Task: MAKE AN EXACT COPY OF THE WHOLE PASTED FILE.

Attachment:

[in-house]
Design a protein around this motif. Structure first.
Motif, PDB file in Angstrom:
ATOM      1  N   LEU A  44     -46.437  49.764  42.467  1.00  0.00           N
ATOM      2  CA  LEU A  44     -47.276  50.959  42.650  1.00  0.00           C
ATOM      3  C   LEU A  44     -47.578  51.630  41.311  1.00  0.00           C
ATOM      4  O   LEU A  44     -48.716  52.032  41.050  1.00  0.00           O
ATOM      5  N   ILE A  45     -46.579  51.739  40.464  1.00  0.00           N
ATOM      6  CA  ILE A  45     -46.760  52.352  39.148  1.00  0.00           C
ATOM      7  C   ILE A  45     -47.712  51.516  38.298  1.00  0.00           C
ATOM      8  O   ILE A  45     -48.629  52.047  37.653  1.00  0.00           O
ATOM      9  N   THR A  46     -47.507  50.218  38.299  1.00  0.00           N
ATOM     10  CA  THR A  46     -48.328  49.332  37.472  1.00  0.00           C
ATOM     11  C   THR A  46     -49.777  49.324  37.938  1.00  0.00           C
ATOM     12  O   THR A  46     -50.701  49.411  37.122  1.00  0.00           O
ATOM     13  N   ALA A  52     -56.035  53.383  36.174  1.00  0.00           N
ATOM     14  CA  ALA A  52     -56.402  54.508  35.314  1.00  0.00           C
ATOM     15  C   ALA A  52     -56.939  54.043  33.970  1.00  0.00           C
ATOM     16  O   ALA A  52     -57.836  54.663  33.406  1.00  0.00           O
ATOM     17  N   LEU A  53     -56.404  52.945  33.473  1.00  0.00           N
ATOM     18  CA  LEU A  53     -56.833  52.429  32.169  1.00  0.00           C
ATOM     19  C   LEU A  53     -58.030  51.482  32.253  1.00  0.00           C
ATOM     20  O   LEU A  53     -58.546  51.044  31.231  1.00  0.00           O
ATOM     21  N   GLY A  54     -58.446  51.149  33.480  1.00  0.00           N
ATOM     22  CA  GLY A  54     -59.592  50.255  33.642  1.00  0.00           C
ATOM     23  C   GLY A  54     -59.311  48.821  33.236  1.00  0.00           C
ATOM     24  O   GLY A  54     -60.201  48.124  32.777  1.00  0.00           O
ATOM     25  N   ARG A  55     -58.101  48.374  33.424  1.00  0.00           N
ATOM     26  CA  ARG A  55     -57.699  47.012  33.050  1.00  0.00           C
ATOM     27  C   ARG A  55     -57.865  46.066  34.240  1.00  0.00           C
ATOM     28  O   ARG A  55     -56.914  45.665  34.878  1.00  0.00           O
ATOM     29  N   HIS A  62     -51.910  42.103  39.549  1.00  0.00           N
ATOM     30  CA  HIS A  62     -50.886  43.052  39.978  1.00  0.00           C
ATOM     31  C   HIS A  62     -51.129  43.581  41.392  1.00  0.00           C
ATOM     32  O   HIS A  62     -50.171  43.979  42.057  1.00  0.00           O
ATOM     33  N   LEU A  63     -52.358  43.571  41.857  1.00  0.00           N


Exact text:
[in-house]
Design a protein around this motif. Structure first.
Motif, PDB file in Angstrom:
ATOM      1  N   LEU A  44     -46.437  49.764  42.467  1.00  0.00           N
ATOM      2  CA  LEU A  44     -47.276  50.959  42.650  1.00  0.00           C
ATOM      3  C   LEU A  44     -47.578  51.630  41.311  1.00  0.00           C
ATOM      4  O   LEU A  44     -48.716  52.032  41.050  1.00  0.00           O
ATOM      5  N   ILE A  45     -46.579  51.739  40.464  1.00  0.00           N
ATOM      6  CA  ILE A  45     -46.760  52.352  39.148  1.00  0.00           C
ATOM      7  C   ILE A  45     -47.712  51.516  38.298  1.00  0.00           C
ATOM      8  O   ILE A  45     -48.629  52.047  37.653  1.00  0.00           O
ATOM      9  N   THR A  46     -47.507  50.218  38.299  1.00  0.00           N
ATOM     10  CA  THR A  46     -48.328  49.332  37.472  1.00  0.00           C
ATOM     11  C   THR A  46     -49.777  49.324  37.938  1.00  0.00           C
ATOM     12  O   THR A  46     -50.701  49.411  37.122  1.00  0.00           O
ATOM     13  N   ALA A  52     -56.035  53.383  36.174  1.00  0.00           N
ATOM     14  CA  ALA A  52     -56.402  54.508  35.314  1.00  0.00           C
ATOM     15  C   ALA A  52     -56.939  54.043  33.970  1.00  0.00           C
ATOM     16  O   ALA A  52     -57.836  54.663  33.406  1.00  0.00           O
ATOM     17  N   LEU A  53     -56.404  52.945  33.473  1.00  0.00           N
ATOM     18  CA  LEU A  53     -56.833  52.429  32.169  1.00  0.00           C
ATOM     19  C   LEU A  53     -58.030  51.482  32.253  1.00  0.00           C
ATOM     20  O   LEU A  53     -58.546  51.044  31.231  1.00  0.00           O
ATOM     21  N   GLY A  54     -58.446  51.149  33.480  1.00  0.00           N
ATOM     22  CA  GLY A  54     -59.592  50.255  33.642  1.00  0.00           C
ATOM     23  C   GLY A  54     -59.311  48.821  33.236  1.00  0.00           C
ATOM     24  O   GLY A  54     -60.201  48.124  32.777  1.00  0.00           O
ATOM     25  N   ARG A  55     -58.101  48.374  33.424  1.00  0.00           N
ATOM     26  CA  ARG A  55     -57.699  47.012  33.050  1.00  0.00           C
ATOM     27  C   ARG A  55     -57.865  46.066  34.240  1.00  0.00           C
ATOM     28  O   ARG A  55     -56.914  45.665  34.878  1.00  0.00           O
ATOM     29  N   HIS A  62     -51.910  42.103  39.549  1.00  0.00           N
ATOM     30  CA  HIS A  62     -50.886  43.052  39.978  1.00  0.00           C
ATOM     31  C   HIS A  62     -51.129  43.581  41.392  1.00  0.00           C
ATOM     32  O   HIS A  62     -50.171  43.979  42.057  1.00  0.00           O
ATOM     33  N   LEU A  63     -52.358  43.571  41.857  1.00  0.00           N